Tuesday, May 27, 2014

BUDDHACARITA 11.6: Intending to Express Nothing But the Truth

⏑−⏑−¦−⏑⏑¦−⏑−−¦¦⏑−⏑−¦−⏑⏑¦−⏑−−   Upajāti (Mālā)
suhttayā cāryatayā ca rājan khalv-eṣa yo mām-prati niścayas-te |
atrānuneṣyāmi suhttayaiva brūyām-ahaṁ nottaram-anyad-atra || 11.6

With nothing but friendship and nobility, O king!

Comes this resolution of yours towards me.

Conciliation, in this situation,
I too shall express with friendship plain and simple.

No other response, in this situation, could I express.

If I look for a four-phased progression in today's verse, I see it in the expression of
1. true motivation,
2. clear intention,
3. appropriate action, and
4. negation of anything other than the straight expression of the truth.

In the wider context, I think Aśvaghoṣa is making it clear that in the verses that follow the bodhisattva is going to tell it just as he sees it. So if we want to know what the thoughts of a bodhisattva were, such that the Buddha-to-be was led to be the Buddha, it is fortunate for us that King Bimbisāra addressed the bodhisattva as frankly as he did, thus causing the bodhisattva to come straight out with what was on his own mind.

But it might also be possible to read the 4th pāda of today's verse as suggesting non-verbal expression of the truth.

In MMK2.1, Nāgārjuna writes of the Buddha teaching
pratītya-samutpādaṁ prapañcopaśamaṁ śivam
Springing Up by going back, as the wholesome cessation of spin.

The second half of today's verse, as I read it, is pointing towards what Nāgārjuna called prapañcopaśamaṁ śivam, the wholesome cessation of spin. Prapañca (spin) is given in the dictionary as amplification, prolixity, diffuseness, copiousness; and also as deceit, trick, fraud.

Somebody as economical with words as Aśvaghoṣa was (so that my English invariably occupies more of the page than the romanized transcription of his Sanskrit), can hardly be accused of prolixity. But his words are, by his own admission, with all their layers of hidden meaning, full of deceit and trickery – perhaps because that it is in the very nature of words.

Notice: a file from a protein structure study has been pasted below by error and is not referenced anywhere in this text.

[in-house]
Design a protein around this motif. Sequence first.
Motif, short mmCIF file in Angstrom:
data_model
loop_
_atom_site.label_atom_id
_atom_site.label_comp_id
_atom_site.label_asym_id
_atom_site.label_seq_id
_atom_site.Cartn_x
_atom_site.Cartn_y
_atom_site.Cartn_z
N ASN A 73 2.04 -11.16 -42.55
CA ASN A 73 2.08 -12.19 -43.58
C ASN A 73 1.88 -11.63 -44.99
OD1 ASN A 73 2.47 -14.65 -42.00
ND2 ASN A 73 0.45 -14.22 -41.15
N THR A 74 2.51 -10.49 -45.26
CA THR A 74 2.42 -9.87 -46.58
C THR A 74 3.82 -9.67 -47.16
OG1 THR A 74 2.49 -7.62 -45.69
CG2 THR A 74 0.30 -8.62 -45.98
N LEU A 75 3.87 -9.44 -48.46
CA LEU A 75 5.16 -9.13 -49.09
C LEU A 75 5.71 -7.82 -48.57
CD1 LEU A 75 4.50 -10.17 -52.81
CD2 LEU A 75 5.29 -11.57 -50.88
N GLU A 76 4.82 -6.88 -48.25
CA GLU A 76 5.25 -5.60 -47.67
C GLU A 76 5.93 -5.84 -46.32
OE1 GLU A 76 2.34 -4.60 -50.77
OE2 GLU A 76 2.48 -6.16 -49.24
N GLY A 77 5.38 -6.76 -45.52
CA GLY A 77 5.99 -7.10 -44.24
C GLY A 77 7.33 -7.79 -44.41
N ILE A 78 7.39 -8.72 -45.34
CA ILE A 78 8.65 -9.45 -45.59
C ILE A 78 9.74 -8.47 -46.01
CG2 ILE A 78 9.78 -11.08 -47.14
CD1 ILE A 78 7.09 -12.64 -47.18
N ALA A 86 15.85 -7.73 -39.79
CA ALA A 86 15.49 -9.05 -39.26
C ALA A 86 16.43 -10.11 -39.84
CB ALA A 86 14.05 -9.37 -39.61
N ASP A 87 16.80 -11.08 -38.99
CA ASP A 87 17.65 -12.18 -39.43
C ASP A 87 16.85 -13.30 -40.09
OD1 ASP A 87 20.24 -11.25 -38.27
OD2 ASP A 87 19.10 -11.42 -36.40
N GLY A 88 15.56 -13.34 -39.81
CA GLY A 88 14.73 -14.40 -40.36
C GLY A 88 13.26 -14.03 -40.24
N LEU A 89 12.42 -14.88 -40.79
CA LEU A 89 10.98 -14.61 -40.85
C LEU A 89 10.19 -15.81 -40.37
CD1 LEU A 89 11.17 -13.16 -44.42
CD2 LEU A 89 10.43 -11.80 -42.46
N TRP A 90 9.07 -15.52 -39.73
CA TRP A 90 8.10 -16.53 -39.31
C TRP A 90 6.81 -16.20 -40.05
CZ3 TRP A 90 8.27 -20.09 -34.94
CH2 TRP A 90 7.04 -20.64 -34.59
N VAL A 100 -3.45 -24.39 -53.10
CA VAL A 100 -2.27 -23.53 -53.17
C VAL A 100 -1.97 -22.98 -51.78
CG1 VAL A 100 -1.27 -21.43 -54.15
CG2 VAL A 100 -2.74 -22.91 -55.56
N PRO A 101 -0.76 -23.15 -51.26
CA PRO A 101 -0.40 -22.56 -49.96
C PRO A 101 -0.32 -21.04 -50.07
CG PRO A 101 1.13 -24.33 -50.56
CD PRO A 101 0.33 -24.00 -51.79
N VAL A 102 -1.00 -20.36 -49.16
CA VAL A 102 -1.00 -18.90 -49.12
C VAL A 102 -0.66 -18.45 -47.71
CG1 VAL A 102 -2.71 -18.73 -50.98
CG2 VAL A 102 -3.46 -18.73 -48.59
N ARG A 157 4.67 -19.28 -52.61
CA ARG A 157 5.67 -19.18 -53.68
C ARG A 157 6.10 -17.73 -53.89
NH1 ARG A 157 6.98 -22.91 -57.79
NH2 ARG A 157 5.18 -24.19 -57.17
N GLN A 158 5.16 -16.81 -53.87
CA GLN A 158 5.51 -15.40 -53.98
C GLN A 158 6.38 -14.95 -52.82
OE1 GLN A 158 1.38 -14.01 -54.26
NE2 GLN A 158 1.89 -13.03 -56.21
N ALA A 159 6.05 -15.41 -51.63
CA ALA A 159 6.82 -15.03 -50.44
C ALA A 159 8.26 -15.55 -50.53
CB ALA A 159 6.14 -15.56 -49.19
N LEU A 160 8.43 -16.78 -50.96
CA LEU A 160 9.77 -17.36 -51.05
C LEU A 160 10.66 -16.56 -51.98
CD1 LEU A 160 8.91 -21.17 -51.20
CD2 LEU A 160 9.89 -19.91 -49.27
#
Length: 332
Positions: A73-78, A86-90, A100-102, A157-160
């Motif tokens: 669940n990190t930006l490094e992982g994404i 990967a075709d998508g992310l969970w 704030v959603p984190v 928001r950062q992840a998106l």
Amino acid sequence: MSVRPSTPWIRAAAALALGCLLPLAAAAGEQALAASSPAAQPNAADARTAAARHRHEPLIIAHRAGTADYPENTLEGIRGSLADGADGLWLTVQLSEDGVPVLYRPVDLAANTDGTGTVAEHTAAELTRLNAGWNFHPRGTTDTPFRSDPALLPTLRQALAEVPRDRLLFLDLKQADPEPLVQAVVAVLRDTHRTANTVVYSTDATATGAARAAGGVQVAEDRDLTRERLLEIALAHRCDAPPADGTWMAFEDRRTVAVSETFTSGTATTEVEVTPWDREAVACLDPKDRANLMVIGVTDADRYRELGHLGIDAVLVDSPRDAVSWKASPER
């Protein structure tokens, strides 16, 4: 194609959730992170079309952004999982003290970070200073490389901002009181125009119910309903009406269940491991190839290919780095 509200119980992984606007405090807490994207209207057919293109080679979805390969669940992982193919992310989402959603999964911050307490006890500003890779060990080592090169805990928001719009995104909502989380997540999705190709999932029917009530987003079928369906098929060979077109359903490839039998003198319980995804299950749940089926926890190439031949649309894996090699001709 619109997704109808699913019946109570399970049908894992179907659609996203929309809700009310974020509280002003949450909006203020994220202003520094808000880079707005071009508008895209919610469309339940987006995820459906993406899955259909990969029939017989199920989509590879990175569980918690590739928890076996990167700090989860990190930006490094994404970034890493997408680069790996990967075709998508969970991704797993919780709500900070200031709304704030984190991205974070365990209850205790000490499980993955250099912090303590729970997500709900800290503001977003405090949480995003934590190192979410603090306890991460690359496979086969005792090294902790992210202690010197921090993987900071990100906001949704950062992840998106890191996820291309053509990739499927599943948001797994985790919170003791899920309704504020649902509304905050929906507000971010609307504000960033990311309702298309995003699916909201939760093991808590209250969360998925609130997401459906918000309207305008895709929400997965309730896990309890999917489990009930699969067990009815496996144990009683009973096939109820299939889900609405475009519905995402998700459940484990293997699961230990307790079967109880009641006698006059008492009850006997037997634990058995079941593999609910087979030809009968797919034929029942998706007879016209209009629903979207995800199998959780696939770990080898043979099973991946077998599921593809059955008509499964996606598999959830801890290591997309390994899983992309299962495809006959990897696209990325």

So I think that what Nāgārjuna wanted to suggest by pratītya-samutpāda was not only the verbal statement of twelvefold linkage. 

I read Springing Up by going back as a suggestion of the ultimate cessation of spin, which is manifested when a person sits in the full lotus posture, without saying any words, and totally drops off body and mind.

It may be that, in the final analysis, no other sort of response will do.

Speaking of pratītya-samutpāda, I spent yesterday afternoon studying the penultimate chapter of MMK, which ends with the following two verses:

avidyāyāṁ niruddhāyāṁ saṁskārāṇām asaṁbhavaḥ |
avidyāyā nirodhas tu jñānenāsyaiva bhāvanāt ||11||

With the cessation of ignorance

There is the the non-occurrence of [neural] formations.

But this very cessation of ignorance,

By an act of knowing, follows from Working at Development.

tasya tasya nirodhena tat-tan nābhipravartate |
duḥkha-skandhaḥ kevalo 'yam evaṁ samyaṅ nirudhyate ||12||

By the ceasing of this one and of that one,

This one no longer advances and that one no longer advances.

This whole mass of suffering

In this way is well and truly destroyed.

Nāgārjuna's teaching around the twelve links is thus not pointing his reader to any kind of fathoming of “dependent origination” by intellectual thought. Nāgārjuna's teaching, as might have been expected from a Zen patriarch, is ultimately pointing us back to a round black cushion, seat of what the Indian patriarchs called bhāvana, which means something like Bringing into Being, or Meditation, or Meditation Work, or Mental Development, or Training, or Work on the Self, or Developmental Work. 

I have provisionally translated bhāvana above as “Working at Development,” which is still not totally satisfactory. Bhāvana is an -na neuter action noun, and so an -ing ending in English might be approrpiate. At the same time I would like to find a translation that somehow conveys the sense of Work on the Self, as well as the sense of Development.

Of course I am prejudiced by the fact that my investigations to date have caused me to be interested in
(a)  the teaching of FM Alexander, which he called “the Work,” and in which “work on the self” is often referred to; and 
(b) a field sometimes called “neuro-developmental therapy” in which is recognized the role of immature vestibular reflexes in impeding human development, in the classroom, in the playground, and beyond.

In my defence, however, the reason I came back to England and trained as an Alexander teacher and as a neuro-developmental therapist was because it became obvious to me while I was in Japan that the problem I feel I was put on this earth to solve my Zen teacher had not in fact solved. He sometimes seemed to think he had solved it, but he demonstrated to me by his ignorance in the matter of “right posture” that he had not in fact solved it.